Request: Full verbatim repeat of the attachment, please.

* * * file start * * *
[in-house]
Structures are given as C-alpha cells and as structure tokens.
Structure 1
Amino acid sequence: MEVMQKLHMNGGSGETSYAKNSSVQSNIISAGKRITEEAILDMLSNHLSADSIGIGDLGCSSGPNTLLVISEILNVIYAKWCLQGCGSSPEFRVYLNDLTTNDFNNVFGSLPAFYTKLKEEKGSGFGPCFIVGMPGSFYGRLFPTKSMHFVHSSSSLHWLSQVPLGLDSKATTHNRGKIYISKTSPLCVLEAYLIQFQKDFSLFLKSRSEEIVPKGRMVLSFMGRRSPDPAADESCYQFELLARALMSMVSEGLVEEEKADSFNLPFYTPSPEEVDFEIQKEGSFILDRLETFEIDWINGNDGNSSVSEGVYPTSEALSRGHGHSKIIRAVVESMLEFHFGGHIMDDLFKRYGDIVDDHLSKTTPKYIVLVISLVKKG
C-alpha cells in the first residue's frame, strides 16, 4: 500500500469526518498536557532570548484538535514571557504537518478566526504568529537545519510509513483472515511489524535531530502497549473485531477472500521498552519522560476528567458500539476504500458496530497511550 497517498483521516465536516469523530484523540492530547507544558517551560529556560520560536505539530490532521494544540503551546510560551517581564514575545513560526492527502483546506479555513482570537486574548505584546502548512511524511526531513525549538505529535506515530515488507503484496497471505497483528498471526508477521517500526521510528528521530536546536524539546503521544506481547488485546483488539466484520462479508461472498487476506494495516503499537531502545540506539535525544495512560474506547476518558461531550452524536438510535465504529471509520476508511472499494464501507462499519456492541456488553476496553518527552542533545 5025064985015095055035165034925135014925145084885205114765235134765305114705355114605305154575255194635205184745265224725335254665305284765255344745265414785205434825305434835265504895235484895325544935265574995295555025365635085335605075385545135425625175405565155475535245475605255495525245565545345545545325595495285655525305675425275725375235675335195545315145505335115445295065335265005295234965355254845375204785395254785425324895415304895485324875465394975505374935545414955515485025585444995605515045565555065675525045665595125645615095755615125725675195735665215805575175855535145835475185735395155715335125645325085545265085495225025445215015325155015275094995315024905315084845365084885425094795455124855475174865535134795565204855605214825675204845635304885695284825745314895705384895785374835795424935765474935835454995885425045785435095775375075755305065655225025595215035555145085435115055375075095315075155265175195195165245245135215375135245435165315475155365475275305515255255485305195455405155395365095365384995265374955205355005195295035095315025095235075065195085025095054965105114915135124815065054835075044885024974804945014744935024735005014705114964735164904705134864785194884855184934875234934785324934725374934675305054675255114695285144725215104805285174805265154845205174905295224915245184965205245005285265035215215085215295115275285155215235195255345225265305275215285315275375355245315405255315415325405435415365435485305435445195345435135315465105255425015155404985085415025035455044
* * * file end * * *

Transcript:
[in-house]
Structures are given as C-alpha cells and as structure tokens.
Structure 1
Amino acid sequence: MEVMQKLHMNGGSGETSYAKNSSVQSNIISAGKRITEEAILDMLSNHLSADSIGIGDLGCSSGPNTLLVISEILNVIYAKWCLQGCGSSPEFRVYLNDLTTNDFNNVFGSLPAFYTKLKEEKGSGFGPCFIVGMPGSFYGRLFPTKSMHFVHSSSSLHWLSQVPLGLDSKATTHNRGKIYISKTSPLCVLEAYLIQFQKDFSLFLKSRSEEIVPKGRMVLSFMGRRSPDPAADESCYQFELLARALMSMVSEGLVEEEKADSFNLPFYTPSPEEVDFEIQKEGSFILDRLETFEIDWINGNDGNSSVSEGVYPTSEALSRGHGHSKIIRAVVESMLEFHFGGHIMDDLFKRYGDIVDDHLSKTTPKYIVLVISLVKKG
C-alpha cells in the first residue's frame, strides 16, 4: 500500500469526518498536557532570548484538535514571557504537518478566526504568529537545519510509513483472515511489524535531530502497549473485531477472500521498552519522560476528567458500539476504500458496530497511550 497517498483521516465536516469523530484523540492530547507544558517551560529556560520560536505539530490532521494544540503551546510560551517581564514575545513560526492527502483546506479555513482570537486574548505584546502548512511524511526531513525549538505529535506515530515488507503484496497471505497483528498471526508477521517500526521510528528521530536546536524539546503521544506481547488485546483488539466484520462479508461472498487476506494495516503499537531502545540506539535525544495512560474506547476518558461531550452524536438510535465504529471509520476508511472499494464501507462499519456492541456488553476496553518527552542533545 5025064985015095055035165034925135014925145084885205114765235134765305114705355114605305154575255194635205184745265224725335254665305284765255344745265414785205434825305434835265504895235484895325544935265574995295555025365635085335605075385545135425625175405565155475535245475605255495525245565545345545545325595495285655525305675425275725375235675335195545315145505335115445295065335265005295234965355254845375204785395254785425324895415304895485324875465394975505374935545414955515485025585444995605515045565555065675525045665595125645615095755615125725675195735665215805575175855535145835475185735395155715335125645325085545265085495225025445215015325155015275094995315024905315084845365084885425094795455124855475174865535134795565204855605214825675204845635304885695284825745314895705384895785374835795424935765474935835454995885425045785435095775375075755305065655225025595215035555145085435115055375075095315075155265175195195165245245135215375135245435165315475155365475275305515255255485305195455405155395365095365384995265374955205355005195295035095315025095235075065195085025095054965105114915135124815065054835075044885024974804945014744935024735005014705114964735164904705134864785194884855184934875234934785324934725374934675305054675255114695285144725215104805285174805265154845205174905295224915245184965205245005285265035215215085215295115275285155215235195255345225265305275215285315275375355245315405255315415325405435415365435485305435445195345435135315465105255425015155404985085415025035455044